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Compensatory Education and ESY Discussions After COVID-19: Fact Sheet

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One of the most important things you can be doing for your child’s education is preparing for your child’s eventual return to a more typical school environment. An important part of this is making sure you and the school have a plan for how distance learning will be implemented during the closure. You also need to be ready to request compensatory education services and Extended School Year (ESY) services. You and your school district should recognize that despite everyone’s best efforts, the services your child receives during this closure will not be as robust as what your child receives in the school building. Because your child will not automatically be entitled to receive these services, it will be up to you to collect the data to justify the request.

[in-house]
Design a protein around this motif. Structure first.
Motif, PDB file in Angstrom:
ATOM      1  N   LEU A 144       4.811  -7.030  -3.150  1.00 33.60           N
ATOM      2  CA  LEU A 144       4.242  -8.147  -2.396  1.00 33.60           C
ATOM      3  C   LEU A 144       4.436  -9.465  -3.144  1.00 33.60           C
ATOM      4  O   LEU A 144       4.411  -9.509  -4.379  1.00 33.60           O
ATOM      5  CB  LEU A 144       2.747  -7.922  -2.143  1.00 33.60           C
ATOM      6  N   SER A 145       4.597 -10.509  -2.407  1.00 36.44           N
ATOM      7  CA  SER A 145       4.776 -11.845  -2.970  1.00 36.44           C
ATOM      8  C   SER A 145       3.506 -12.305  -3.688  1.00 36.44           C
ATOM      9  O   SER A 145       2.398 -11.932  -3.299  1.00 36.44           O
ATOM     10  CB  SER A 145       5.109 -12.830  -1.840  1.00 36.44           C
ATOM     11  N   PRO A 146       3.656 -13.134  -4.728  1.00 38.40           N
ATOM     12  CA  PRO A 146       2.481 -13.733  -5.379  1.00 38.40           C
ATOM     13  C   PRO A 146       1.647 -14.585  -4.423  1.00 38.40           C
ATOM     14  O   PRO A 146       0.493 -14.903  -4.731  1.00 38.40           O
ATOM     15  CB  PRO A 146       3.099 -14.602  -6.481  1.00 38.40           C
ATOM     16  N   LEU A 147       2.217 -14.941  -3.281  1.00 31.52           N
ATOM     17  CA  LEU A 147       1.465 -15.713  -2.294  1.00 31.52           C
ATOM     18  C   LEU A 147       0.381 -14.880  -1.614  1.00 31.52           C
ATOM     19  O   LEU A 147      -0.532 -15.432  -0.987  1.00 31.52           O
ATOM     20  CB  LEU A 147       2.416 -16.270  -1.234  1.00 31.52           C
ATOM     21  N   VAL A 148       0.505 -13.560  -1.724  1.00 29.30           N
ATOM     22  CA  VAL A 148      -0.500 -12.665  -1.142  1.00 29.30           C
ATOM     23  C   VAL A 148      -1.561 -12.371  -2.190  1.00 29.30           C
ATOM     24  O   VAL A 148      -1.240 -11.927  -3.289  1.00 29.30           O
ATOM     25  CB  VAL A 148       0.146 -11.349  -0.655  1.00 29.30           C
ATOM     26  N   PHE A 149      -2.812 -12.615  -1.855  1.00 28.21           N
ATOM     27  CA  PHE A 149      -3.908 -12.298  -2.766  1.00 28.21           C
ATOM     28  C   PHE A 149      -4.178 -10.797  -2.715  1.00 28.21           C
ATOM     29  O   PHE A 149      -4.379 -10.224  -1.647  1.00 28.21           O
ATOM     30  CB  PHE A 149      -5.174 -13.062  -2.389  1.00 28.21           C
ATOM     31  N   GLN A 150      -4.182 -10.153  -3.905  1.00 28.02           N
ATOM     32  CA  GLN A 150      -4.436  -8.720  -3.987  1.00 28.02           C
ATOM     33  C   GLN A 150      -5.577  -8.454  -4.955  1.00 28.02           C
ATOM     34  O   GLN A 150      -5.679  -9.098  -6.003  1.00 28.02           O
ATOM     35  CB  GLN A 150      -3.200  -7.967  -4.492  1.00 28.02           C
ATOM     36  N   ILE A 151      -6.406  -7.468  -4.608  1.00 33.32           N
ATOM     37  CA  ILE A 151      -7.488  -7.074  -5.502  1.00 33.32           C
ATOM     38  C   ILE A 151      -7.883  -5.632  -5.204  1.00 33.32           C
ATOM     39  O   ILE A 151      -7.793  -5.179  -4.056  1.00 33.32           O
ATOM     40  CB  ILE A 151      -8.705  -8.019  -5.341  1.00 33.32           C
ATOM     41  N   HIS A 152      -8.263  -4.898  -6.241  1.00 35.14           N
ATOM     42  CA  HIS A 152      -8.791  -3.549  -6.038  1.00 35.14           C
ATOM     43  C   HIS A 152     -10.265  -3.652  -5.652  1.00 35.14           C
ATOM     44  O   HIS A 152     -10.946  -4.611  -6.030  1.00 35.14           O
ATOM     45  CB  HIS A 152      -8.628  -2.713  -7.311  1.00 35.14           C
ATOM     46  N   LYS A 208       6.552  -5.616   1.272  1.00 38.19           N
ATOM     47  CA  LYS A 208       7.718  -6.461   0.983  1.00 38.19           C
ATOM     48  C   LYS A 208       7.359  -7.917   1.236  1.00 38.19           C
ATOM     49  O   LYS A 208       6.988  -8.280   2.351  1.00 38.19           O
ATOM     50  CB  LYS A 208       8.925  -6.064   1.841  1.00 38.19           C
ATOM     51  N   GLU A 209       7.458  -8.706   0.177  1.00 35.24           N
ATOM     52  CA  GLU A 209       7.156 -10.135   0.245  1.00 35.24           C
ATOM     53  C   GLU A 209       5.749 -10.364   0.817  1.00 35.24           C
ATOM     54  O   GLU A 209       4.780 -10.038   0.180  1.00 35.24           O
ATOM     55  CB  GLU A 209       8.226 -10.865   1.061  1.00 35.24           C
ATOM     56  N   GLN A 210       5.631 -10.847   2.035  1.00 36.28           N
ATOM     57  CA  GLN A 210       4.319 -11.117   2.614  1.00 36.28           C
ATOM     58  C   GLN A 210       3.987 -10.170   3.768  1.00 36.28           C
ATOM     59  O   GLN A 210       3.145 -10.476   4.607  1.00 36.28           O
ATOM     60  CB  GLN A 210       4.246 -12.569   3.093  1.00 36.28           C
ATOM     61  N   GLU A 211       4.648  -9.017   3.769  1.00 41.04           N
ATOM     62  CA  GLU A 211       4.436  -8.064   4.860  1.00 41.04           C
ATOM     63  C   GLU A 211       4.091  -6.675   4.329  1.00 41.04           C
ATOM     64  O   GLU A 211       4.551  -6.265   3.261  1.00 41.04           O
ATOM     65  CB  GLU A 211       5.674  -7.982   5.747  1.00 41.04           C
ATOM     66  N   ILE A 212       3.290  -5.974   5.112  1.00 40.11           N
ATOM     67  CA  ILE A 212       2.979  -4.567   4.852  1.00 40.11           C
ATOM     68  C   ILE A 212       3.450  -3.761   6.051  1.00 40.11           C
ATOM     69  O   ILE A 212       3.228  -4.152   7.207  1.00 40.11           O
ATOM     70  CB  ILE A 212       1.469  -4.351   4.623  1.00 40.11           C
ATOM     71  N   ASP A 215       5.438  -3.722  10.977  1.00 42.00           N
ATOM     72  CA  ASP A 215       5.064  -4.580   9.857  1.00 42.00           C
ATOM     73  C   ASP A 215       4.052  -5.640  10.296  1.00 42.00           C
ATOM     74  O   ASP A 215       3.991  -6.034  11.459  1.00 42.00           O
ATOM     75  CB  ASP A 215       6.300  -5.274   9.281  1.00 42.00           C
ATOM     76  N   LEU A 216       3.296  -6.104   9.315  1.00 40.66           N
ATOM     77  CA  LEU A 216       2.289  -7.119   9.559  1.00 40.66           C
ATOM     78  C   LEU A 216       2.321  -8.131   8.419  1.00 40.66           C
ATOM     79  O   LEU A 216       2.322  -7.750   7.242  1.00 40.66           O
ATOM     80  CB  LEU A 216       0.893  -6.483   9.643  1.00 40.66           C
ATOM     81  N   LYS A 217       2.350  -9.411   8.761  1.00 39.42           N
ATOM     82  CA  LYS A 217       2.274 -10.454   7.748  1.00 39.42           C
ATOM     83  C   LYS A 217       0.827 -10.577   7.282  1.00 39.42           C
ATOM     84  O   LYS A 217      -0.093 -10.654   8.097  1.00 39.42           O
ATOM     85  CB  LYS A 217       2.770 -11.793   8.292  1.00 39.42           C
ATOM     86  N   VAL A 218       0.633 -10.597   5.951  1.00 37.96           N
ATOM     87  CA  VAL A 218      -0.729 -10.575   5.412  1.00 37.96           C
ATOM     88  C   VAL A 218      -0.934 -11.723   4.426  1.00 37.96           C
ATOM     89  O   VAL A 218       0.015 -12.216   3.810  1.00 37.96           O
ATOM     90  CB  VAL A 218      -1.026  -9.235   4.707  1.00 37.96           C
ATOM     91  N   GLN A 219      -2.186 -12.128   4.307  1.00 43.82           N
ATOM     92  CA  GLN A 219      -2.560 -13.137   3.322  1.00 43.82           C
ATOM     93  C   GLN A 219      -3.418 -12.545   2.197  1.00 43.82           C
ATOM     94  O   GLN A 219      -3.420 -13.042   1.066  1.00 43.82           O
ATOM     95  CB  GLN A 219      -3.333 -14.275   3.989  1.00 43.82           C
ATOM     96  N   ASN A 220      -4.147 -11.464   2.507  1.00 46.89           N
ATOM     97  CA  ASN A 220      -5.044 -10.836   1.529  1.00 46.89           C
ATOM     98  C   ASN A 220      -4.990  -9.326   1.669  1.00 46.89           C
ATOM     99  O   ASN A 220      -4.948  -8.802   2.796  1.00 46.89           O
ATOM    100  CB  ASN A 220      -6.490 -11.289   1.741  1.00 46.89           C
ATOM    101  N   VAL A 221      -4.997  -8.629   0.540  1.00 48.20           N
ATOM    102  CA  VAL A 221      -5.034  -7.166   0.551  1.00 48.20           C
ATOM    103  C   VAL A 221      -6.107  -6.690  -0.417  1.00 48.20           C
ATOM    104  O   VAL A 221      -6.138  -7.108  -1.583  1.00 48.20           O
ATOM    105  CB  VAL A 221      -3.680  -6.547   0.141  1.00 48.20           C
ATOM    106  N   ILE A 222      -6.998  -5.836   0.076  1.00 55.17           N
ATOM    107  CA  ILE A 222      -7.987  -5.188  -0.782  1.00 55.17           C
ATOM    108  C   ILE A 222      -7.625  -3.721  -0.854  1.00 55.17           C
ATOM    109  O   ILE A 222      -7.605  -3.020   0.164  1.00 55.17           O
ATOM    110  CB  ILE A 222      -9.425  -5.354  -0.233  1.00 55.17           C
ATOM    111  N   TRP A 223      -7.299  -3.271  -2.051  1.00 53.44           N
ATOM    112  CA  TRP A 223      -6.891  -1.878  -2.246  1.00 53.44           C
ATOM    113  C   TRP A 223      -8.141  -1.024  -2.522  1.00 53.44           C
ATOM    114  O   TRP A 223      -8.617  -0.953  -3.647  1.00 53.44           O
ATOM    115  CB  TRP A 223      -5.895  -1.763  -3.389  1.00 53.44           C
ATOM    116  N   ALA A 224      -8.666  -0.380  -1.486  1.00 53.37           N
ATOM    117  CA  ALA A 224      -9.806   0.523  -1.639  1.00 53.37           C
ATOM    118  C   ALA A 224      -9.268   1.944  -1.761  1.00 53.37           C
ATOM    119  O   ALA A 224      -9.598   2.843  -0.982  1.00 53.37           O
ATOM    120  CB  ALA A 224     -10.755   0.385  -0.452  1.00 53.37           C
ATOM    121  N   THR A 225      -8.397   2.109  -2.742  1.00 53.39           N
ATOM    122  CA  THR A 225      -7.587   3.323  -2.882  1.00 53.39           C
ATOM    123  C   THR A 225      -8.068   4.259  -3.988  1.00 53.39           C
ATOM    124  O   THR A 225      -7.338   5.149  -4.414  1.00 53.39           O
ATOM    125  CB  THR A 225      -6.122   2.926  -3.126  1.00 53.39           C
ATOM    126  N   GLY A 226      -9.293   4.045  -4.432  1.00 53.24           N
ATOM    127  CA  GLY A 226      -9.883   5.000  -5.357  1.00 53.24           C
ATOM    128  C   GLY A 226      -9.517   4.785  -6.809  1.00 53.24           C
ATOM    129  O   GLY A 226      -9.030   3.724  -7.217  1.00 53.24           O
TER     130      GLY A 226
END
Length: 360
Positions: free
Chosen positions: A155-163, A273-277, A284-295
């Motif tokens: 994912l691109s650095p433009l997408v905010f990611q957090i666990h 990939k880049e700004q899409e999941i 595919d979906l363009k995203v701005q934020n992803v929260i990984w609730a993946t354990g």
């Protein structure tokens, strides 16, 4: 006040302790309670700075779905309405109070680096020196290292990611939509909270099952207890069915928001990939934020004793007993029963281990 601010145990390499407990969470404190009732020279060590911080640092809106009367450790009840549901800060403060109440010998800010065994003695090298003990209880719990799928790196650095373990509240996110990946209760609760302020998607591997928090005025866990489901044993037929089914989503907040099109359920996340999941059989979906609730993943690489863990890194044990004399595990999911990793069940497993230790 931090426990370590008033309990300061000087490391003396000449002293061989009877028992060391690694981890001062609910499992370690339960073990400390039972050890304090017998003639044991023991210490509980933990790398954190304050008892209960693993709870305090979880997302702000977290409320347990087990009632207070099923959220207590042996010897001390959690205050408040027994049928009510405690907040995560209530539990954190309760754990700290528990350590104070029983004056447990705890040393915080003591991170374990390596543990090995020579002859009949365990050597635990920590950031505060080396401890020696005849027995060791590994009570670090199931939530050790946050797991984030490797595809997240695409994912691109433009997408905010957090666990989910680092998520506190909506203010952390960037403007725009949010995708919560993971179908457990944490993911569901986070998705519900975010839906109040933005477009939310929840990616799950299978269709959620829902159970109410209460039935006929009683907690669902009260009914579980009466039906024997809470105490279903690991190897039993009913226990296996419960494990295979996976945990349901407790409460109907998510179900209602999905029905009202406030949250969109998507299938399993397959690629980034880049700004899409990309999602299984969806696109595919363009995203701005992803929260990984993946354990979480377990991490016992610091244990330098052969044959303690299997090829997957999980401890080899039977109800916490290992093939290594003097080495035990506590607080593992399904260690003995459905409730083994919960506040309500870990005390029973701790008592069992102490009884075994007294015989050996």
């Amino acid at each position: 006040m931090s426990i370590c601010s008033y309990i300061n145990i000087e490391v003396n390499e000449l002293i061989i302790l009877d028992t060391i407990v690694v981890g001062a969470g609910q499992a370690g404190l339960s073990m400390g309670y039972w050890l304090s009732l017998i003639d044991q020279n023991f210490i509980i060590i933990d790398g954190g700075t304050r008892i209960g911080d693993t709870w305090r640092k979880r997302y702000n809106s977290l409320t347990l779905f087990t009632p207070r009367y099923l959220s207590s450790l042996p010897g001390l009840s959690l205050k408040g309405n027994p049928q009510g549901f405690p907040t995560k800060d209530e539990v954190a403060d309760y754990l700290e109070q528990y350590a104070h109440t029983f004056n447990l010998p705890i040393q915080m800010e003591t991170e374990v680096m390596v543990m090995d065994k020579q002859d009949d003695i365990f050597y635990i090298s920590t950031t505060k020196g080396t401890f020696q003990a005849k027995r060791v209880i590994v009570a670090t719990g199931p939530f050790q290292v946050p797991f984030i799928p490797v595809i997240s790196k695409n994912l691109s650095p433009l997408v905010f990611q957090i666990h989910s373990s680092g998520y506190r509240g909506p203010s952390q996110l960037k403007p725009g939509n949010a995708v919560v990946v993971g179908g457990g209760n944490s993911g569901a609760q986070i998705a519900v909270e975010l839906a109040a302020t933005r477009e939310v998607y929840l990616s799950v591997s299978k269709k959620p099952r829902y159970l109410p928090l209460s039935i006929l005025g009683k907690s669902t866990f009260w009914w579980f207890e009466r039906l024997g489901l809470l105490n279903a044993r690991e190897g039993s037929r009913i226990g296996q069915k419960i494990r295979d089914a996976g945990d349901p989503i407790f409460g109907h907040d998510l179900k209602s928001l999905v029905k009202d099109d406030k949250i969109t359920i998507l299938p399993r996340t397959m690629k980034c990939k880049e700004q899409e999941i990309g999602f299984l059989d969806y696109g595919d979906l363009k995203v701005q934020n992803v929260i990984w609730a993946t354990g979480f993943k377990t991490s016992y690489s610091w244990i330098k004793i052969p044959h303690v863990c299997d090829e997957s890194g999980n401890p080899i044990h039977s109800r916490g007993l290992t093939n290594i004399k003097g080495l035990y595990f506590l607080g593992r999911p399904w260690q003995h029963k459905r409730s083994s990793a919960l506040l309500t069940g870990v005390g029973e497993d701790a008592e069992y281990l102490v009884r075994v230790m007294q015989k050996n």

General Standards 

Compensatory education is a legal remedy that is used to make up for services that should have been provided to a student but were not. Typically, this means services that were on the IEP but not provided. It can also be awarded for services that should have been on the IEP and were not. The purpose of compensatory education services is to put the child in the position the child would be in had the district provided the appropriate services in the first place.

Extended School Year (ESY) refers to services that are provided when a child needs additional services to receive a FAPE. In Ohio, the team often looks at the regression-recoupment standard. Under this analysis, a student is eligible for ESY services when the child demonstrates significant regression of skills over long breaks (such as over the summer) and cannot recoup those skills in a reasonable amount of time. ESY can be necessary to keep your child learning, including when your child is working on “emerging skills” or “breakthrough opportunities,” such as when your child is learning to read. The Team is required to determine if your child requires ESY for FAPE generally.